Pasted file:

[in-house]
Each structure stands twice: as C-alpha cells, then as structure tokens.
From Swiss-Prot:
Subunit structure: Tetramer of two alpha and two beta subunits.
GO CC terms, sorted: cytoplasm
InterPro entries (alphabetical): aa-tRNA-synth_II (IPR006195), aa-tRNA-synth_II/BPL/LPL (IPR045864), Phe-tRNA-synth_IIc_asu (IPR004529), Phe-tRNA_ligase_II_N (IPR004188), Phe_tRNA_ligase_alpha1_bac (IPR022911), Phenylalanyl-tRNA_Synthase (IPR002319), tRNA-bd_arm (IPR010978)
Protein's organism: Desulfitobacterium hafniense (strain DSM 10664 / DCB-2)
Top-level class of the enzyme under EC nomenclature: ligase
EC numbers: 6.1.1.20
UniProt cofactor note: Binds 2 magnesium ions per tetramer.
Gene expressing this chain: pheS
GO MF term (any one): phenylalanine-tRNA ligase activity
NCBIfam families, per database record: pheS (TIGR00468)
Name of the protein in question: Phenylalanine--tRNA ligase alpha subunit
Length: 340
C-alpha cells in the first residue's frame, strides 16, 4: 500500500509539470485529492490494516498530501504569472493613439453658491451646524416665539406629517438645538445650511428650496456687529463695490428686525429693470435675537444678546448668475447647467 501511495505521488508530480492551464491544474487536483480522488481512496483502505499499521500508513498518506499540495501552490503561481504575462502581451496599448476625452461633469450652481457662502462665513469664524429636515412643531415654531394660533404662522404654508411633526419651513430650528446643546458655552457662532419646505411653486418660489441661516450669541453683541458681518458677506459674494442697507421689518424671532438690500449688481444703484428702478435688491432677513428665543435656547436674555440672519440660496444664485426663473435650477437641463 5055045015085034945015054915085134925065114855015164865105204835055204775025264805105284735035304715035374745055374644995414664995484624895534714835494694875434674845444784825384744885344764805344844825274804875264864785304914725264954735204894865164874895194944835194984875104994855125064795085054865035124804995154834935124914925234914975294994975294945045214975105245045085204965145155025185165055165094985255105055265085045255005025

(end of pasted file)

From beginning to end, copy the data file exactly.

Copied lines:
[in-house]
Each structure stands twice: as C-alpha cells, then as structure tokens.
From Swiss-Prot:
Subunit structure: Tetramer of two alpha and two beta subunits.
GO CC terms, sorted: cytoplasm
InterPro entries (alphabetical): aa-tRNA-synth_II (IPR006195), aa-tRNA-synth_II/BPL/LPL (IPR045864), Phe-tRNA-synth_IIc_asu (IPR004529), Phe-tRNA_ligase_II_N (IPR004188), Phe_tRNA_ligase_alpha1_bac (IPR022911), Phenylalanyl-tRNA_Synthase (IPR002319), tRNA-bd_arm (IPR010978)
Protein's organism: Desulfitobacterium hafniense (strain DSM 10664 / DCB-2)
Top-level class of the enzyme under EC nomenclature: ligase
EC numbers: 6.1.1.20
UniProt cofactor note: Binds 2 magnesium ions per tetramer.
Gene expressing this chain: pheS
GO MF term (any one): phenylalanine-tRNA ligase activity
NCBIfam families, per database record: pheS (TIGR00468)
Name of the protein in question: Phenylalanine--tRNA ligase alpha subunit
Length: 340
C-alpha cells in the first residue's frame, strides 16, 4: 500500500509539470485529492490494516498530501504569472493613439453658491451646524416665539406629517438645538445650511428650496456687529463695490428686525429693470435675537444678546448668475447647467 501511495505521488508530480492551464491544474487536483480522488481512496483502505499499521500508513498518506499540495501552490503561481504575462502581451496599448476625452461633469450652481457662502462665513469664524429636515412643531415654531394660533404662522404654508411633526419651513430650528446643546458655552457662532419646505411653486418660489441661516450669541453683541458681518458677506459674494442697507421689518424671532438690500449688481444703484428702478435688491432677513428665543435656547436674555440672519440660496444664485426663473435650477437641463 5055045015085034945015054915085134925065114855015164865105204835055204775025264805105284735035304715035374745055374644995414664995484624895534714835494694875434674845444784825384744885344764805344844825274804875264864785304914725264954735204894865164874895194944835194984875104994855125064795085054865035124804995154834935124914925234914975294994975294945045214975105245045085204965145155025185165055165094985255105055265085045255005025